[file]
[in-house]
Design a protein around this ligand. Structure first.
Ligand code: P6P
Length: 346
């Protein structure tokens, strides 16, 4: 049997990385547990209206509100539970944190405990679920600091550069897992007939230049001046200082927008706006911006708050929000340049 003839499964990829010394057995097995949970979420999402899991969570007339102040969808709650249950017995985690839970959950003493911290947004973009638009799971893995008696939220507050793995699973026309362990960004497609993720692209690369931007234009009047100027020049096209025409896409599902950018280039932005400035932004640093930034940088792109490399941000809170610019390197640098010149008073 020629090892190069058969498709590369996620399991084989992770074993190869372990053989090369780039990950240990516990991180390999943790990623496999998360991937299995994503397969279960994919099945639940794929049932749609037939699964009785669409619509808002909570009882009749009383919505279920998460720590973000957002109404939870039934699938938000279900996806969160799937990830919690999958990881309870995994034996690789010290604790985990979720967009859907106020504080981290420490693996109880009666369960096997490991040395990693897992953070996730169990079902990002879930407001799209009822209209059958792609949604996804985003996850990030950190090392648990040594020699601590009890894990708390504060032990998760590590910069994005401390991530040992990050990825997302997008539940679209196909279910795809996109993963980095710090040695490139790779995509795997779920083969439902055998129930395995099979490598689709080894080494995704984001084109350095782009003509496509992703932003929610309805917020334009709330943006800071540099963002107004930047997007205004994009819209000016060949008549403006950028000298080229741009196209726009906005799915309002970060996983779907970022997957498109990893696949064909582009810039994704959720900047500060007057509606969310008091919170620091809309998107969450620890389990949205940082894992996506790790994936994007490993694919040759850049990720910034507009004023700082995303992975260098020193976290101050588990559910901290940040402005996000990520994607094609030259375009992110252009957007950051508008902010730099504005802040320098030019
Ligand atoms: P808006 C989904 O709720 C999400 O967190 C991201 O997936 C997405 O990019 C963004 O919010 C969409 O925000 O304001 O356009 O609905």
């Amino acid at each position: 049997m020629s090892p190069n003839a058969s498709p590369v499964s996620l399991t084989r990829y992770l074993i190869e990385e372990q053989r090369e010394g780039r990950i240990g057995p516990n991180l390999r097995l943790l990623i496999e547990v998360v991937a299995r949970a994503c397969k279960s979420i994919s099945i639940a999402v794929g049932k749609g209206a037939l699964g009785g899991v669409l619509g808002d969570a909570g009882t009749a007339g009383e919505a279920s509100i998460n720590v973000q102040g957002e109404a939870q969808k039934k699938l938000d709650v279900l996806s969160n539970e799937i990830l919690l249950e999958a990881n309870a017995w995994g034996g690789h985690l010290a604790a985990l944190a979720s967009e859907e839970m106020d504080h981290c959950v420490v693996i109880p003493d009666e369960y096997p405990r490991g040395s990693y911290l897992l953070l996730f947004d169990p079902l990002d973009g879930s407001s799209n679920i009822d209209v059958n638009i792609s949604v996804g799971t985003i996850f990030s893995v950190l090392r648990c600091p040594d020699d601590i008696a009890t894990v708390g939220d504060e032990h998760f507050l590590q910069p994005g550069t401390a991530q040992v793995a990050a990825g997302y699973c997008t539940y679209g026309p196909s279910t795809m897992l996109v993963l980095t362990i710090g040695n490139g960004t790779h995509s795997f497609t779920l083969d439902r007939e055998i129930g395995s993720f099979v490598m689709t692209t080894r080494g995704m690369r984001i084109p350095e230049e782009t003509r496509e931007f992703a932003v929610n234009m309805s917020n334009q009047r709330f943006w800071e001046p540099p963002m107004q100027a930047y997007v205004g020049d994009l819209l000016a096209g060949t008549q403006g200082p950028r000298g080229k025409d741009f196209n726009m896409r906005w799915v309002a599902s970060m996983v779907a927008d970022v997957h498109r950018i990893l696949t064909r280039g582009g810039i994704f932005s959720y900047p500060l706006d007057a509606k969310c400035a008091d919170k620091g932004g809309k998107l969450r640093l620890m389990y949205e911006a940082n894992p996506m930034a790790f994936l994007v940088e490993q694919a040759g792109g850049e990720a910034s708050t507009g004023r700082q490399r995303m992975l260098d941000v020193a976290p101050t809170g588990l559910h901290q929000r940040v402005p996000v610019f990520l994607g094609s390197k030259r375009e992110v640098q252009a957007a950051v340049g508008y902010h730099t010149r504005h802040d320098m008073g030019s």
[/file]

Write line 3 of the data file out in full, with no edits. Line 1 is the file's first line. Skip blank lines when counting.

Ligand code: P6P